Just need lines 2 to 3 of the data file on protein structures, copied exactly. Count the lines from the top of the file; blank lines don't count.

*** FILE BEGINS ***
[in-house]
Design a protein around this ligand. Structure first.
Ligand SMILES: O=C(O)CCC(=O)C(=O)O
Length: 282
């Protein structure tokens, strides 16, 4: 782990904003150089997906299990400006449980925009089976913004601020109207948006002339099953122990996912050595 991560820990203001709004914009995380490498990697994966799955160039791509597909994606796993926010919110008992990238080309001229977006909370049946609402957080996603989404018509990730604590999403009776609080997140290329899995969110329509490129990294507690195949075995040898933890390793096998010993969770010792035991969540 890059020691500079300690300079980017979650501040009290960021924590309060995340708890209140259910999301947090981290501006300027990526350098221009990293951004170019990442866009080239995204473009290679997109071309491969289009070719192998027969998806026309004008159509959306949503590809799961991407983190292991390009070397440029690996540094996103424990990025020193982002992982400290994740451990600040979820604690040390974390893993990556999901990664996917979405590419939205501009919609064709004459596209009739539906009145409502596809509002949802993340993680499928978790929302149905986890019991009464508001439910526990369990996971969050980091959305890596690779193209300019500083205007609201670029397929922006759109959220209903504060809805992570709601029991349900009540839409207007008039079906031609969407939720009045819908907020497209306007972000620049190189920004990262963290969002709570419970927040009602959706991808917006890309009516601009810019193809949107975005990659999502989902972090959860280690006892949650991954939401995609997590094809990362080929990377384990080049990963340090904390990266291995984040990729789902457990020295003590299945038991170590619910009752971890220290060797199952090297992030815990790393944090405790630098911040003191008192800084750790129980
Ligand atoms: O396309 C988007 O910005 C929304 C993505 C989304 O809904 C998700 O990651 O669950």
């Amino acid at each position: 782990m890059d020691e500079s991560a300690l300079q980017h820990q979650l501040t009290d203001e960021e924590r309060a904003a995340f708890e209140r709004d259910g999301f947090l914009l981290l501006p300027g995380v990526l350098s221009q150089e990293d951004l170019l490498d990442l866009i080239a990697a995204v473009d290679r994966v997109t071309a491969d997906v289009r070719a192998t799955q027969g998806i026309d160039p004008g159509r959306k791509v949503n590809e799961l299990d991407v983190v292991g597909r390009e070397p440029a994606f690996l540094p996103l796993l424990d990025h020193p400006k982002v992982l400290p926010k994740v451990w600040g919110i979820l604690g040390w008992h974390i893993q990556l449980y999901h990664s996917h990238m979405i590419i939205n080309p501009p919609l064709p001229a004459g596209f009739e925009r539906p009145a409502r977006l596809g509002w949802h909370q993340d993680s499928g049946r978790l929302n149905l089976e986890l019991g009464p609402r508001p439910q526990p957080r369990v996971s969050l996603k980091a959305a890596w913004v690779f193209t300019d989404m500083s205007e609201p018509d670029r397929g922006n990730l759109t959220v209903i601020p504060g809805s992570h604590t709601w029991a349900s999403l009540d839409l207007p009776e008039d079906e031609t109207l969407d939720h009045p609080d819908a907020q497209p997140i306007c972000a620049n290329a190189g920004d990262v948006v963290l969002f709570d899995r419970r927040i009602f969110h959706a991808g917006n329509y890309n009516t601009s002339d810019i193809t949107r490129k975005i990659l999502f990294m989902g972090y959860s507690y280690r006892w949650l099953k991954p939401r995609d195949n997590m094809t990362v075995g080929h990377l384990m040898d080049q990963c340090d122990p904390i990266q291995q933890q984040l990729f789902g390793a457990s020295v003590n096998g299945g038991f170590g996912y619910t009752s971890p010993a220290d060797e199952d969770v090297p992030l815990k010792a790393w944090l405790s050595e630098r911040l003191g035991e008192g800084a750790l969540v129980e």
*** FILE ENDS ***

Design a protein around this ligand. Structure first.
Ligand SMILES: O=C(O)CCC(=O)C(=O)O